- Cost of attendance (COA) – expected family contribution (EFC) = need-based aid (including scholarships, grants, work-study programs and subsidized loans)
- Cost of attendance – financial aid you’ve already been awarded (including need-based aid and merit-based scholarships) = unsubsidized loan
The financial aid office at your college decides how much financial aid you are eligible to receive, so if you think there’s an error or you would like to appeal, you should contact them.
How Much Money Can You Get?
If you’re starting your first year of college, you won’t be eligible for as much loan money as when you’re a junior or senior.
And if you’re an independent student, you’ll qualify for more loans than if you’re still claimed by your parents.
All of this is to say, there are a lot of variables that go into how much loan money you can get each year.
On the low end, if you’re a dependent student in your first year, the direct subsidized loan limit is $3,500 while the direct unsubsidized loan limit is $2,000.
If you’re in college and hold both subsidized and unsubsidized loans, try to start paying back unsubsidized loan interest first to avoid as much interest capitalization as possible when you graduate.
On the high end, if you’re an independent student in your third year or beyond, the direct subsidized loan limit is $5,500, and the direct unsubsidized loan limit is $2,000.
And if you’re a graduate or professional student, the annual direct unsubsidized loan limit is $20,500 (remember, you can’t get subsidized loans as a grad student).
You can find out the exact loan limits for your year by checking out the Department of Education’s loan limit tables.
What Do Subsidized and Unsubsidized Loans Have In Common?
Although the differences between subsidized and unsubsidized student loans make a big difference financially, there are some similarities the loans share, including the following.
The colleges that you apply to will use your FAFSA form to decide your financial aid eligibility.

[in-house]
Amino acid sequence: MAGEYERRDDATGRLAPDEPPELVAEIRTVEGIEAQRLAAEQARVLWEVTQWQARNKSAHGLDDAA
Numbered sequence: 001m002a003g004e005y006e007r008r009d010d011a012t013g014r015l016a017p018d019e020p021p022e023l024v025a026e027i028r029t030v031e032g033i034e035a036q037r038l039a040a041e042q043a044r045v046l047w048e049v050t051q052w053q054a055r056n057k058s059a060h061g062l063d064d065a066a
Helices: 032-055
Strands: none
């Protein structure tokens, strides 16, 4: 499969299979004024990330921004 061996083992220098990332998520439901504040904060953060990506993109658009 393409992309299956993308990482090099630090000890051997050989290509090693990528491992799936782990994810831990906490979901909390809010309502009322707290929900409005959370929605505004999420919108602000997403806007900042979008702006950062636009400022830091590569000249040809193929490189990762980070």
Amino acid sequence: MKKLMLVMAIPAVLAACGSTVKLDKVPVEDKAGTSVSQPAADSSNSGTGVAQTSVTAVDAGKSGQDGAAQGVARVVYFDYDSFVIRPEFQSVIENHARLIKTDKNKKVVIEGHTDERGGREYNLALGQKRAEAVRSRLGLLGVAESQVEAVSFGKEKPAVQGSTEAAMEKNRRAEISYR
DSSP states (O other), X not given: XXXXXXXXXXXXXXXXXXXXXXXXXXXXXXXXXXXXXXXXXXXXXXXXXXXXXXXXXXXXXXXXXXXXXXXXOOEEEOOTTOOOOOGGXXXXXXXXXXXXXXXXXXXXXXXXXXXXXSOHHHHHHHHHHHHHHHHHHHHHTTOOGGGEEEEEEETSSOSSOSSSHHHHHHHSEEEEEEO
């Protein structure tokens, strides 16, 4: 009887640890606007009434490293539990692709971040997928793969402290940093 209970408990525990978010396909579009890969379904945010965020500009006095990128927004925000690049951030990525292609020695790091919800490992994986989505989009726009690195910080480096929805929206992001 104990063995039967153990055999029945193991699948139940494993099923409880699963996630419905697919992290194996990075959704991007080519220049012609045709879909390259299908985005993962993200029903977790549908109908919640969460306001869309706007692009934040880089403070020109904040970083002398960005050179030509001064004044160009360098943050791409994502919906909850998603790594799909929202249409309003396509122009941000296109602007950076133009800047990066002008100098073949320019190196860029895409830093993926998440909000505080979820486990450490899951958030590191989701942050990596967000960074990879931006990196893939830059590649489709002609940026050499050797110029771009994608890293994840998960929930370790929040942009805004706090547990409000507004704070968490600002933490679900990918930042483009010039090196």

To receive either type of direct loan, you must be enrolled at least half-time in school in a program that leads to a degree or a certificate.
Interest Rates (for Undergrads)
Each year, the federal government sets the interest rates for all undergraduate student loans.
For direct student loans disbursed between July 1, 2020, and July 1, 2021, the undergraduate interest rate is 2.75%.
For graduate students, the interest rate on unsubsidized loans is 4.3%.
Whenever a subsidized or unsubsidized loan is disbursed, a loan fee is deducted from the amount. The fee is calculated as a percentage based on when you took out your loan.
For loans disbursed on or after Oct. 1, 2019, and before Oct. 1, 2020, the loan fee is 1.059%. If you took out a $3,000 loan, for example, the fee would be $31.77, so you’d receive $2,968.23 that term.
Whether it’s subsidized or unsubsidized, your student loan money is sent directly to the school to cover your tuition, fees and room and board every semester, trimester or quarter (depending on your school).
If there is any money left over (or if you’re living off campus), the school will send you a check for the remaining amount within 14 days. For textbooks and other learning materials, the school must provide a way for you to access the funds within seven days of the start of the term.
If you can find your textbooks and class materials for less than the campus bookstore sells them, you can request the check for the remaining amount.
Your school is required to publish the International Standard Book Number (ISBN) for all required texts in the online course schedule. Use this number if you decide to shop for better prices.
If this is the first time you’ve received a direct subsidized or unsubsidized student loan, you should be aware of the following additional restrictions:
- If you’re a first-year undergraduate student and a first-time borrower, the school may wait up to 30 days to give you your loan money. If you need the money before then (for books, for instance), the school should have a policy in place to either provide a bookstore voucher or another way to cover the cost until you receive your loan money.
- The federal government requires you to complete a 30-minute online entrance counseling session before you can accept a loan. Your school may require additional or alternate counseling, so check with the financial aid office first.
Changing Your Mind About a Loan
If you realize that you don’t need your subsidized or unsubsidized loans after all, you may cancel all or part of your loan within 120 days of receiving it without accruing interest or incurring fees.
And if you turned down money but have reconsidered, contact your financial aid office. Most colleges and universities will reinstate an offer for federal student loans included in your original financial aid package.
Subsidized, unsubsidized… it doesn’t matter. The government wants its money back.
When you receive any direct loans, you’ll hear from your loan servicer, who will be your contact if you have questions about your payments or the loan.
Tiffany Wendeln Connors is a staff writer/editor at The Penny Hoarder. Read her bio and other work here, then catch her on Twitter @TiffanyWendeln.
This was originally published on The Penny Hoarder, a personal finance website that empowers millions of readers nationwide to make smart decisions with their money through actionable and inspirational advice, and resources about how to make, save and manage money.